The Unavoidable Exchange


My friend had been waiting for several weeks to hear if they’d been selected from a massive pool of applicants for a summer internship with a local medical group.  While confident in her abilities, she was still nervous about the application simply because of the sheer volume of competition.  When the results came back, everyone she’d told gathered in her room and were dying with anticipation as if their own future were in that envelope.  The first sentence was all it took to know she hadn’t made the cut.  She was frustrated and demanded to know why.  Upon further reading, she found that despite her being one of the best and most qualified applicants, the program was forced to deny her entrance as a result of failure on the drug test portion.  Having known this person my entire first year, I knew for a fact that she’d never abused drugs of any kind, which she affirmed through tears.  After several days, she came to the conclusion that although unintentional, she had been exposed to drugs.  At a house party, she had been in a closed room with some friends who were smoking weed, and since the smoke had no escape, all it could do was build to the point where even those not participating had no choice but to inhale the incriminating substance.  The mistake of not opening a window resulted in the loss of an opportunity of a lifetime, and most-likely a blemish on her record.  Without realizing, or intending to, she had partook in drug use, simply by being in its presence.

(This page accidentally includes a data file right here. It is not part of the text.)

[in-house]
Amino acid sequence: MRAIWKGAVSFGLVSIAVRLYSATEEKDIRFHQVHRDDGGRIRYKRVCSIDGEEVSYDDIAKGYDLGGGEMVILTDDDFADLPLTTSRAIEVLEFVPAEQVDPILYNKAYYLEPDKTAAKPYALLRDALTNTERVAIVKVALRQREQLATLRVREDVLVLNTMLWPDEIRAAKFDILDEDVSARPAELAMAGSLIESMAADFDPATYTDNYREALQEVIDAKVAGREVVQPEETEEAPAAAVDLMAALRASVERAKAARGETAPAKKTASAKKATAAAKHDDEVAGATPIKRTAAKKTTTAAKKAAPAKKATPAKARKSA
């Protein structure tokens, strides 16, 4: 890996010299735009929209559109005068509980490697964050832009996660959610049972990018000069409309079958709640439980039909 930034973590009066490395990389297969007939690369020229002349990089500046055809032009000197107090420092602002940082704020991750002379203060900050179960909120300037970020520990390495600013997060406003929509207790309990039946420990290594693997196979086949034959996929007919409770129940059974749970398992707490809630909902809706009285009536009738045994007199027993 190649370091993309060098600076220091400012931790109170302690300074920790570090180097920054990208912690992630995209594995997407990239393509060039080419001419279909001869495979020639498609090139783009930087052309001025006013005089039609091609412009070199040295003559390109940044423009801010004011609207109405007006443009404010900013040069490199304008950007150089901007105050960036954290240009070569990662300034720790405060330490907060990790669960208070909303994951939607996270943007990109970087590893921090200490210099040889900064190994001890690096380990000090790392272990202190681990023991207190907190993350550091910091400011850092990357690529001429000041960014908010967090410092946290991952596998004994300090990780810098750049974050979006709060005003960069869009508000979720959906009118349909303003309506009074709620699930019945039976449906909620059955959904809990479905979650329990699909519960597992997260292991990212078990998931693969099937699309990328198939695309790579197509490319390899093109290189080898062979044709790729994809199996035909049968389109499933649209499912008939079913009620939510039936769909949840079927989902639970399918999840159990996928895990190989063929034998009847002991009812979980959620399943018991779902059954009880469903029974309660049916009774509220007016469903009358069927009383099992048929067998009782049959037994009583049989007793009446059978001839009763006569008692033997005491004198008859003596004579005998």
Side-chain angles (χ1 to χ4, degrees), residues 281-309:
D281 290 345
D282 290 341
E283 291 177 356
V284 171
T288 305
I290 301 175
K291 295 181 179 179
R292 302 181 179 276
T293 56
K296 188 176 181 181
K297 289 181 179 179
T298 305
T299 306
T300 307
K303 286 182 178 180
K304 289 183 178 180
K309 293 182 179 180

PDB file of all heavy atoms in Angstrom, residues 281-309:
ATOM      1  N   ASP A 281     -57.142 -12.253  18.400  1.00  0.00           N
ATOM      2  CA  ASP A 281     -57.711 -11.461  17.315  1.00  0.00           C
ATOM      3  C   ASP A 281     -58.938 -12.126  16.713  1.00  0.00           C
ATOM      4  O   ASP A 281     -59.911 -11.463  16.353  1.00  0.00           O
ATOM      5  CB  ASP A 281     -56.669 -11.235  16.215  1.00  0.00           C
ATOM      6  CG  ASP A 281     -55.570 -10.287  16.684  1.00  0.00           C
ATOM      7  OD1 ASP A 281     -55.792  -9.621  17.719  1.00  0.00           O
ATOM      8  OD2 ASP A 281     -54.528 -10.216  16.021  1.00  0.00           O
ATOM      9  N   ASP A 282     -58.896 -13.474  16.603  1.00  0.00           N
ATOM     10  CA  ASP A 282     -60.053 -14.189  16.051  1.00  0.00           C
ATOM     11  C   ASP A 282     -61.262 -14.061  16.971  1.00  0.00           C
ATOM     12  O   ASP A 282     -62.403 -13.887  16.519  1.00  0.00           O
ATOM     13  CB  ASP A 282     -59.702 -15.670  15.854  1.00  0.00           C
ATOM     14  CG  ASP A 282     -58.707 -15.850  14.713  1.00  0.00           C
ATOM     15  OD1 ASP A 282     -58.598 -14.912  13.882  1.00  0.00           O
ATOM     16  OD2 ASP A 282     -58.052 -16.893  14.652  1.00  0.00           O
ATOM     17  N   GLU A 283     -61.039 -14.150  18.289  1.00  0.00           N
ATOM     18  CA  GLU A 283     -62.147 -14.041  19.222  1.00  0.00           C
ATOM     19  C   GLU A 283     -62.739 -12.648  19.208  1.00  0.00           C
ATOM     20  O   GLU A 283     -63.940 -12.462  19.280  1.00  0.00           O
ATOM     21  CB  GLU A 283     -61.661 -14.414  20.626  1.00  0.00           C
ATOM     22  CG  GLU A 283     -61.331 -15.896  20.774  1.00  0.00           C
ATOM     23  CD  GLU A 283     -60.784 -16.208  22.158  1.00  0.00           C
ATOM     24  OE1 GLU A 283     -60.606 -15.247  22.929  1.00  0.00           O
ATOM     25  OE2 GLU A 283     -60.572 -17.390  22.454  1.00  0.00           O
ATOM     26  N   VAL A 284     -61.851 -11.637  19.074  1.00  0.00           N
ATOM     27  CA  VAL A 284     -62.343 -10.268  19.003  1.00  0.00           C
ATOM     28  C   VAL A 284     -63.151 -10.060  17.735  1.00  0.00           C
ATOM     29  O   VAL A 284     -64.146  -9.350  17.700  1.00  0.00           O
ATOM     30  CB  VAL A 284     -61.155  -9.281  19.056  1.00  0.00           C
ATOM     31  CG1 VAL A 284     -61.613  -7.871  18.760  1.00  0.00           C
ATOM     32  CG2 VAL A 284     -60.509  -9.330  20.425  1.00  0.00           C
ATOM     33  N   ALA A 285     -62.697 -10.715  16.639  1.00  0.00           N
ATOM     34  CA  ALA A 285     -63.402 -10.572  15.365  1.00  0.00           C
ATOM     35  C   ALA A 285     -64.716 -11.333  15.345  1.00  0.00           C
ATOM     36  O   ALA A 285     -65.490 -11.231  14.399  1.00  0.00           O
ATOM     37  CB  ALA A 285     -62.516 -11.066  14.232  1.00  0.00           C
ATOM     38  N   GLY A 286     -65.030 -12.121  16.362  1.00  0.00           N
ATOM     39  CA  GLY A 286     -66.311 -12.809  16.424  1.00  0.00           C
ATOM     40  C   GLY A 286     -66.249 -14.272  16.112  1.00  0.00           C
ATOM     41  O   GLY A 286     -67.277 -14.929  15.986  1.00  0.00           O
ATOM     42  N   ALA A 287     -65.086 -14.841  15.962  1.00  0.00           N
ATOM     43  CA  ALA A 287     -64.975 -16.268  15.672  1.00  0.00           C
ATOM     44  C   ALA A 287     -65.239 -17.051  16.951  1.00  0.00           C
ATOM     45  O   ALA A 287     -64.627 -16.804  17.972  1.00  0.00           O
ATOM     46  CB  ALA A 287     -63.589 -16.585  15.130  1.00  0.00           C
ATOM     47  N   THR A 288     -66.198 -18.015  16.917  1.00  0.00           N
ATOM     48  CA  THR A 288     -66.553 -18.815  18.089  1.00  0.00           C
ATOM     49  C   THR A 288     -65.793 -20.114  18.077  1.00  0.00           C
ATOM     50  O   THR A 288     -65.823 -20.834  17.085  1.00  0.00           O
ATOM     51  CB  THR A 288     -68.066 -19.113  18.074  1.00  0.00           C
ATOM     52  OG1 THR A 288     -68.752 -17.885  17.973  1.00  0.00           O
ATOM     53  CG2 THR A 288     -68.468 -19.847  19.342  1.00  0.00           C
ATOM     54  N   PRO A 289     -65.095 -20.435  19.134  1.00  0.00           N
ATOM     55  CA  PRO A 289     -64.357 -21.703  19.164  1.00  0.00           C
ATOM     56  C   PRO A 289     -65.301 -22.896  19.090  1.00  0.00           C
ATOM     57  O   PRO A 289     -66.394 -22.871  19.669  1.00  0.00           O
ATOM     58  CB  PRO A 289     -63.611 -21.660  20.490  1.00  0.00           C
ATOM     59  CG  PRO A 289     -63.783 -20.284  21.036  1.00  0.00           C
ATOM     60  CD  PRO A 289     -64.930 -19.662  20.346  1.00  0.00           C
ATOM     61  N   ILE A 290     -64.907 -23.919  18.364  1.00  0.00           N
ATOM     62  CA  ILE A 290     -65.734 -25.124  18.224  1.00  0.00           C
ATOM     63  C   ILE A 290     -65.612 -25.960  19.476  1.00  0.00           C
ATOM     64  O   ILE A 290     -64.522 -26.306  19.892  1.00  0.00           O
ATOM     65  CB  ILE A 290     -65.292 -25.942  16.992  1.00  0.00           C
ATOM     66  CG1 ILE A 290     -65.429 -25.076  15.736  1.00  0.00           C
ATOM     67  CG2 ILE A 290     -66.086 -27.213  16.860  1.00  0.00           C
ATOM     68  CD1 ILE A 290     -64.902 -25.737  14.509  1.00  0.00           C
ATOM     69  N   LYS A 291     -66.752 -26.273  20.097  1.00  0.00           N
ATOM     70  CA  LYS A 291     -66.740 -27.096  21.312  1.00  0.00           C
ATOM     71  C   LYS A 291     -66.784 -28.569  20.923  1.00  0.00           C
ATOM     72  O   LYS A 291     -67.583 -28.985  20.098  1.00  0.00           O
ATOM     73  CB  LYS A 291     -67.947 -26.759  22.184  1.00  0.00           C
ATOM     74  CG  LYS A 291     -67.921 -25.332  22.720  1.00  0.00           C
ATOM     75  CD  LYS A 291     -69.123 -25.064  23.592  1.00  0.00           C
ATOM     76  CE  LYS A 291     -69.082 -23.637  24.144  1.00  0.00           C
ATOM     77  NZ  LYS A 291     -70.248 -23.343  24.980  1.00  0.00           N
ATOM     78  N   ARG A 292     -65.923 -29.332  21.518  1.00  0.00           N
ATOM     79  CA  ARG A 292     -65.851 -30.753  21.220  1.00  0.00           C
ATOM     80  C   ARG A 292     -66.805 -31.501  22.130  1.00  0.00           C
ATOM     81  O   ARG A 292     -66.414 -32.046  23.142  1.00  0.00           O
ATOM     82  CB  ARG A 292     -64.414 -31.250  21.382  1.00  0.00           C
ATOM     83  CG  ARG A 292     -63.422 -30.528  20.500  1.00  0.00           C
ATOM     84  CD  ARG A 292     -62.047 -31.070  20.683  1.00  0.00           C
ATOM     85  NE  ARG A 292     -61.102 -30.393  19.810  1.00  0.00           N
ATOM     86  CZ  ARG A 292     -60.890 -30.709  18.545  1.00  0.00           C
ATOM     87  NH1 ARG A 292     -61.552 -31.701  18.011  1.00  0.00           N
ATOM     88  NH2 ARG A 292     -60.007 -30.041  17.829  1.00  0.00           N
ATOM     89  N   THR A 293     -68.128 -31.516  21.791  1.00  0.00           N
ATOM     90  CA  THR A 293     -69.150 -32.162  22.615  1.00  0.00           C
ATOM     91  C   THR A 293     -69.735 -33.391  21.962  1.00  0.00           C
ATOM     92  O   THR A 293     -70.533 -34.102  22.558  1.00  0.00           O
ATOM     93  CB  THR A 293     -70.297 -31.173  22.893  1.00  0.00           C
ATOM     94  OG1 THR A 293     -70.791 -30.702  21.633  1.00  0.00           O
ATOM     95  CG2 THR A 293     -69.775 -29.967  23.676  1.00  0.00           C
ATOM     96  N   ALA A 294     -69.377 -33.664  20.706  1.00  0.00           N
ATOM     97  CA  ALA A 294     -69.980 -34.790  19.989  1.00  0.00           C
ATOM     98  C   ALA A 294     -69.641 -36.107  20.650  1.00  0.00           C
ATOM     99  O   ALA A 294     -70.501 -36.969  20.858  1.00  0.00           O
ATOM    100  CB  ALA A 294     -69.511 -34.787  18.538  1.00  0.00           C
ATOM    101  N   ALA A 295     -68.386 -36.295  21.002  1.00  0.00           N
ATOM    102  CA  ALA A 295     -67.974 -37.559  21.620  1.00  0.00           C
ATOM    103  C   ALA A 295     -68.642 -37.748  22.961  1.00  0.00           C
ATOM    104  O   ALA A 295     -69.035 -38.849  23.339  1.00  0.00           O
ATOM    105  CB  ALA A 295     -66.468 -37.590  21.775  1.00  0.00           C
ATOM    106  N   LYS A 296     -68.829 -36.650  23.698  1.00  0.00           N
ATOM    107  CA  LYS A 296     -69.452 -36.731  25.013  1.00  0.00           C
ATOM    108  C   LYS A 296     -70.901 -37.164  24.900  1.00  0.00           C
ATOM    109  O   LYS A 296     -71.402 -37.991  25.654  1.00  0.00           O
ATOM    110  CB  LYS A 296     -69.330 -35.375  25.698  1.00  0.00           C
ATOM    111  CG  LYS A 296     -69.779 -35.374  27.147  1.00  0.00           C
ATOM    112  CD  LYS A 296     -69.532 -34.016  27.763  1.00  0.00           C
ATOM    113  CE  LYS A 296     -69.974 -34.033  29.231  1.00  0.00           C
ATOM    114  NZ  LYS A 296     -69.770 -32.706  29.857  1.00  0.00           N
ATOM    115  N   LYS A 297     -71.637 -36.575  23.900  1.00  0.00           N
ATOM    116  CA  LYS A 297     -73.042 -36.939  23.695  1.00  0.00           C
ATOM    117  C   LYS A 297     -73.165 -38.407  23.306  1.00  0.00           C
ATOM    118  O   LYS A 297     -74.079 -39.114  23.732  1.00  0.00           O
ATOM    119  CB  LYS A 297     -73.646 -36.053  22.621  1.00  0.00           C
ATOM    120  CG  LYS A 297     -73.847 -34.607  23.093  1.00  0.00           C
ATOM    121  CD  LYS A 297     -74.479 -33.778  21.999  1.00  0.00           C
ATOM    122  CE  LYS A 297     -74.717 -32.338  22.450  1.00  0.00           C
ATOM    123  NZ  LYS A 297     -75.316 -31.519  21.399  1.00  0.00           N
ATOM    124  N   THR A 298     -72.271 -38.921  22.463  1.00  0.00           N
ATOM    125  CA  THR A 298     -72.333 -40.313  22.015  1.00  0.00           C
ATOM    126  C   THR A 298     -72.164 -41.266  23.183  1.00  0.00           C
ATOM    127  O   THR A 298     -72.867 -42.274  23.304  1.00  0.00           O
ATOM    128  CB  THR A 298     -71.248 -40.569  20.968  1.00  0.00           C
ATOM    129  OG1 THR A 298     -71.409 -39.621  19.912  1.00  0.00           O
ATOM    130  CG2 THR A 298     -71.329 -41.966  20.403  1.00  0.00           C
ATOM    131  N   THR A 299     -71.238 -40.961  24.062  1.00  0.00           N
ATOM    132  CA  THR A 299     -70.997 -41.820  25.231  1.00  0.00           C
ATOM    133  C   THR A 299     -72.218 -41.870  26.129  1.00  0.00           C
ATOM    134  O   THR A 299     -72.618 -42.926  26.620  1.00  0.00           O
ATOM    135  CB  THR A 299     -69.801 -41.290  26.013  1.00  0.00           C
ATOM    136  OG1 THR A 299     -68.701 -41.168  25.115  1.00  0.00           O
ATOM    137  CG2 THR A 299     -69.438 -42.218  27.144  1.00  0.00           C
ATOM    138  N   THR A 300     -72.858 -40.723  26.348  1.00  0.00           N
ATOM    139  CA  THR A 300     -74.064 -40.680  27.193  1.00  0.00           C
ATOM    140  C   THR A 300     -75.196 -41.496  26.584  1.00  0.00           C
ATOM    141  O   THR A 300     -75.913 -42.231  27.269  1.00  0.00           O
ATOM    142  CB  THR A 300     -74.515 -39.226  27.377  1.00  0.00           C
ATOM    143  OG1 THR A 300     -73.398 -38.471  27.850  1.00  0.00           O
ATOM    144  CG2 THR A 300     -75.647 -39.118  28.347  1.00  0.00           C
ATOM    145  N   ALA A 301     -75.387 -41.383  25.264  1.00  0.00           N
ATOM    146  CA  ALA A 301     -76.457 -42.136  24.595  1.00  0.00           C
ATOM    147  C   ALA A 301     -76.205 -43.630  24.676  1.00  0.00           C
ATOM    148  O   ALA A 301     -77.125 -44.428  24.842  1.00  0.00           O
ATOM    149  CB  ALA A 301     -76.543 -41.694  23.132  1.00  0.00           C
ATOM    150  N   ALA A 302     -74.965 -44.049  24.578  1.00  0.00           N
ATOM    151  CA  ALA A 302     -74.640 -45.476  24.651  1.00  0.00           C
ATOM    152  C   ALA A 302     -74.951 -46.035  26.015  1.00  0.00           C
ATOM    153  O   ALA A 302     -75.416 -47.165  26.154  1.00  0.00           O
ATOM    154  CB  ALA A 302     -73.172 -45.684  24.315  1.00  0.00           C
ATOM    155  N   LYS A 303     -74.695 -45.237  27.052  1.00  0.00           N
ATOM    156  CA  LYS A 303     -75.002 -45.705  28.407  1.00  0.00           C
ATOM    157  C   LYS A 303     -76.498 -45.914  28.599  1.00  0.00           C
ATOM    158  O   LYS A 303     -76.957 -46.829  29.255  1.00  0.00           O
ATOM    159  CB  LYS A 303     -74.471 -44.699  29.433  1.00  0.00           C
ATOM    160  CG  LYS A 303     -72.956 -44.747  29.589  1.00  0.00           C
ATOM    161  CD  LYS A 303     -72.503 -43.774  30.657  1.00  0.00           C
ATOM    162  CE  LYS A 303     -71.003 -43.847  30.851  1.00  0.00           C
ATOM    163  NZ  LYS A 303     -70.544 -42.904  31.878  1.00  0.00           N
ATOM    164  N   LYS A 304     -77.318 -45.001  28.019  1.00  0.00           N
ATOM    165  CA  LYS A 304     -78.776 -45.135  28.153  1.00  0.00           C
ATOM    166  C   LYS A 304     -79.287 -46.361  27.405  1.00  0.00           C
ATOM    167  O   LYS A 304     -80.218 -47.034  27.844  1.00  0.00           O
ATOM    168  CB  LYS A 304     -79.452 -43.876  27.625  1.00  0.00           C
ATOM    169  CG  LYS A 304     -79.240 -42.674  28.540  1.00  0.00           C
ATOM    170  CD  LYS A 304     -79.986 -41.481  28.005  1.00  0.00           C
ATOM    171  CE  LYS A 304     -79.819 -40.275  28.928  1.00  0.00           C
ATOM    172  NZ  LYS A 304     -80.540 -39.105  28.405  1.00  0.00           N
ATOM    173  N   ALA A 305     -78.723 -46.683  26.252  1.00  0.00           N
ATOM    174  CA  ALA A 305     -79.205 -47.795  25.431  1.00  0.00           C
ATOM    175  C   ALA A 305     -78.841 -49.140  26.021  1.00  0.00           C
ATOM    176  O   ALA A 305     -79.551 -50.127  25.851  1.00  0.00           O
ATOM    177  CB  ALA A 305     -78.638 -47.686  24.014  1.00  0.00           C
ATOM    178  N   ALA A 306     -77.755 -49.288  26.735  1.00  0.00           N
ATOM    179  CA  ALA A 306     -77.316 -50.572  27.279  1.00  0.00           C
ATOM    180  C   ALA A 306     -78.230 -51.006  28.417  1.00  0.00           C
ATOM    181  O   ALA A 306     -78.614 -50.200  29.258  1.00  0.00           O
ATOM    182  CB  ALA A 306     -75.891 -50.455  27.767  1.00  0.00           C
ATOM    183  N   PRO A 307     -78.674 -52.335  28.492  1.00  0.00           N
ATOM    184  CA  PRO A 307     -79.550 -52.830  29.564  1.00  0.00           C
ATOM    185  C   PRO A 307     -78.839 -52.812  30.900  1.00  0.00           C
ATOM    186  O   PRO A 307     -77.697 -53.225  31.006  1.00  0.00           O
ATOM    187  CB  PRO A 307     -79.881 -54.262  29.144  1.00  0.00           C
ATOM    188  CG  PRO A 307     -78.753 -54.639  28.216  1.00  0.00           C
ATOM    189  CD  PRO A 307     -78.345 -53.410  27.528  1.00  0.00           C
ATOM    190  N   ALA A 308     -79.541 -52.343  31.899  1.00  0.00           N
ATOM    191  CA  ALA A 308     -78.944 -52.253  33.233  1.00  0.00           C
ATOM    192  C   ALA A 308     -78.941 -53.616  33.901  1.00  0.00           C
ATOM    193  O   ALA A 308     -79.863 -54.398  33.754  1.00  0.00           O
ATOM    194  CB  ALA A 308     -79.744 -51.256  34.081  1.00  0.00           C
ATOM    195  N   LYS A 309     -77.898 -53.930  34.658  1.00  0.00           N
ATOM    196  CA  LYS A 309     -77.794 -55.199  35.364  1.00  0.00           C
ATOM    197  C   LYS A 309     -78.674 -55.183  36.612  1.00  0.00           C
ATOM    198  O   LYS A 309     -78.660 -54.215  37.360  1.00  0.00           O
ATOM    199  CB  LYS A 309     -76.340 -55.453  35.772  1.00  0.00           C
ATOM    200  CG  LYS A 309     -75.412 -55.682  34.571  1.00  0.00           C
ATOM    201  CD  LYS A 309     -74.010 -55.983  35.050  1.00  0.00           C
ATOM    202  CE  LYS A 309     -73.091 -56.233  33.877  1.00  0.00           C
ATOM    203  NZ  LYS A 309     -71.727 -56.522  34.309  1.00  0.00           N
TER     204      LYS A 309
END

Although hard to analyze this from my perspective, being close to the person in question, I couldn’t help but think of Nancy Tuana’s Viscous Porosity.  From this perspective, there is little distinction between an individual’s composition and that which surrounds them.  Whether we like it or not, our bodies are in a state of constant exchange with the world around them, in the case of my friend through the most basic act of survival, breathing.  My friend’s situation is eerily reminiscent of Tuana’s claim that, “…human agency, though not always intention, is knit together with more-than-human agency.”  By this logic, what we choose to surround ourselves with truly makes up what we are.  One poor decision led to her interacting with the environment in a detrimental manner, even if her intention was to avoid it.  This leads into the idea of relationality and interactionism.  By Tuana’s methods of analysis, it was the fault of my friend for being in a situation which would allow her to interact with a harmful environmental factor, as interaction is the means by which several entities are tied together.  Therefore, the fact that she was aware that she was being exposed to the smoke was enough to link the relationality factor between her and her surroundings.  There are, “…interactions between beings through which subjects are constituted out of relationality.” and therefore any relation, intentional and immediate or inadvertent and indirect are  still parts of who we are, down to the cellular level.  Tuana’s explanation of this takes a medical standpoint on her own philosophy, although loose, when she explains that, “There is a viscous porosity of flesh-my flesh and the flesh of the world. This porosity is a hinge through which we are of and in the world.”  The ways in which we are parts of the world are a result of the absorption of all we come into contact with via porosity.  While not a one way street, we are at the mercy of these interactions more so than the world, because even though the marijuana was altered and affected from this interaction with her body, the party which suffered the worse consequences was fairly obvious.  We must not discount, under any circumstances, the fact that we are at the mercy of our environment, simply because we have no choice but to interact and exchange with it.


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